At the last Winona County Board meeting, a portion was closed to the public so that commissioners could conduct a performance review of County Administrator Duane Hebert. Departing from past practice, the county used an outside consultant this year to assist in the evaluation, at a cost of $150 per hour plus travel expenses.
It is unclear what the final cost will be for the performance review consultant. The Winona County Board is not quite finished with its work on the evaluation: Minnesota law requires government bodies to provide the public with a summary of the performance review at the next regular meeting, in the event that the evaluation was conducted behind closed doors. On Tuesday, December 11, the county board is expected to provide that summary, although it is unclear whether the description will satisfy the requirements of Minnesota law.
"The findings of the review indicate that we are on target with the goals and expectations,” reads the board agenda on the performance evaluation item, nearly identical to the board's statement in September 2011, after Hebert's last review. It is a statement that Minnesota Newspaper Association Attorney Mark Anfinson said does not fulfill the requirements of the law.
“It is not enough to just give a summarized one or two sentence statement,” he said. “The type of summary that was apparently issued here is precisely the sort of summary that both the court and the Minnesota Department of Administration have rejected as being inadequate. It’s clearly been discredited by past legal examinations, because it doesn’t tell anyone anything.”
Anfinson said the statements were inadequate in meeting the requirements of the law. “The findings of the review indicate that we are on target with the goals that were established,” was all that was said to summarize the 2011 performance evaluation.
He also said that the disclosure of a detailed summary of such a performance review is a significant part of an elected leader’s job. “One of the most important aspects of public business a government body does is to supervise and evaluate the chief administrators of the municipality,” he said. “Thus, the members of the public ought to have some insight as to how they are doing this important work, and by failing to provide a detailed summary, that short circuits the public’s ability to evaluate their elected officials.”
The Minnesota Open Meeting Law (OML) requires that a summary be given following a performance evaluation that is conducted in a closed session. Exactly how detailed that summary must be has been answered by the state commissioner of the Minnesota Information Policy Analysis Division (IPAD) in recent years. IPAD is a division of the Minnesota Department of Administration, and handles disputes regarding public information requests and the OML.
The Minnesota Data Practices Act includes provisions to protect data about public employees, and the summary requirements of the OML have been challenged in the past by government bodies that are unwilling to provide detailed evaluation summaries. When IPAD has reviewed disputes of this nature in the past, the commissioner has ruled that government entities must provide details when summarizing performance reviews of top officials. (See information box, page 5a.)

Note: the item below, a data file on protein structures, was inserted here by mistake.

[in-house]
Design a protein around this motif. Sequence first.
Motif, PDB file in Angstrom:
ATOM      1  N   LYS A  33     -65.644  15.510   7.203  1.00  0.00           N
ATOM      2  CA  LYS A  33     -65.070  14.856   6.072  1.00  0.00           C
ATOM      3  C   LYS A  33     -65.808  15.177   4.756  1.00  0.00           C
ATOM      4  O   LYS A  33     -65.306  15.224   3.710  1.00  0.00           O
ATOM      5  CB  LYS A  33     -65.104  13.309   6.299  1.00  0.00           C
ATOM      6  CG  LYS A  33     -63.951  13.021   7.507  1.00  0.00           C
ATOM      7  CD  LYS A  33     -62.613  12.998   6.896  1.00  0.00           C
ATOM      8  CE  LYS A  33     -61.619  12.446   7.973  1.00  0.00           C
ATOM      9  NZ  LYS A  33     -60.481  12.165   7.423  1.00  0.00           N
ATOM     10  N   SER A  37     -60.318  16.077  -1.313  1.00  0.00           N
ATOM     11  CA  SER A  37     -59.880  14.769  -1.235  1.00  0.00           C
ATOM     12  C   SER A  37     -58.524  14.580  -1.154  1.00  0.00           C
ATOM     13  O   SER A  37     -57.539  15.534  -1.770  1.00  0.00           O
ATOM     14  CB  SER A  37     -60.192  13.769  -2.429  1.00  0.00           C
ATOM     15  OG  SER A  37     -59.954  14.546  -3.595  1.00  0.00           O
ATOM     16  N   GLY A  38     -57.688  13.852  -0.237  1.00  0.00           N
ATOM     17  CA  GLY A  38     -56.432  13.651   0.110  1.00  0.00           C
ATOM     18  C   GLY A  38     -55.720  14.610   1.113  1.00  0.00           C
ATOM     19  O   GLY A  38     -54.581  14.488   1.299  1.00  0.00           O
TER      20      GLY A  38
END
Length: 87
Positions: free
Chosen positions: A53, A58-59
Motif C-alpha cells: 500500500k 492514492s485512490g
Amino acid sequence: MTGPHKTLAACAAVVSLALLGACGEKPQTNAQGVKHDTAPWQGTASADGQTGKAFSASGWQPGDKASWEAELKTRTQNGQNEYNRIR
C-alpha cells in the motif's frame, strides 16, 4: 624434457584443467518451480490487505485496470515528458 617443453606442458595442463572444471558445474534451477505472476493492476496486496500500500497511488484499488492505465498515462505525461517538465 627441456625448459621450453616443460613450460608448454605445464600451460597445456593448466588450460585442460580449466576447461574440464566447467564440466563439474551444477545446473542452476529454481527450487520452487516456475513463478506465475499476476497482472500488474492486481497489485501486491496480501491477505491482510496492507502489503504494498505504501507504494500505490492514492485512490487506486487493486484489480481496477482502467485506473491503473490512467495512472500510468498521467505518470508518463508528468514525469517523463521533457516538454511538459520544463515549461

In 1989, a Minnesota Supreme Court case between the city of Annandale, Minn., and the Annandale Advocate newspaper resulted in a ruling that established the principle that governing bodies may close meetings to discuss data that is considered not public—such as employee performance data.
The Supreme Court invited the Legislature to take action if it didn’t like the conclusion. The Legislature was quick to respond, and amended the OML in 1990. IPAD summarized the 1990 changes to the OML in this way: “As a part of those amendments, the Legislature addressed the high public interest in the performance of certain public employees, and, in particular, employees about whom personnel decisions are made by governing bodies subject to the OML. The Legislature authorized governing bodies to close meetings to discuss personnel data about public employees, including performance evaluations, subject to certain limitations. However, the Legislature also clearly required that once a public body completed its closed meeting evaluation of an employee subject to its authority, the body must, at its next public meeting, ‘summarize its conclusions regarding the evaluation.’”
IPAD commissioner rulings have supported the interpretation of the law that requires a more detailed summary of a performance evaluation since. (See chart page 5a.)
In 2002, Caledonia School District 299 closed a meeting to evaluate its superintendent, and its summary of the evaluation stated, “As a result of that review, strengths were noted and areas of improvement were defined. The board developed goals regarding communication and leadership.” The IPAD commissioner ruled that the summary did not satisfy the requirements of the law, adding, “The public body should carefully review the specific points it established in reaching a conclusion about the performance evaluation. Clearly, the language of the OML indicates that the governing body ought to summarize each salient point of the evaluation so that the public is given the best possible opportunity to get the best possible sense of the performance—good, bad, or indifferent—of the public employee.”
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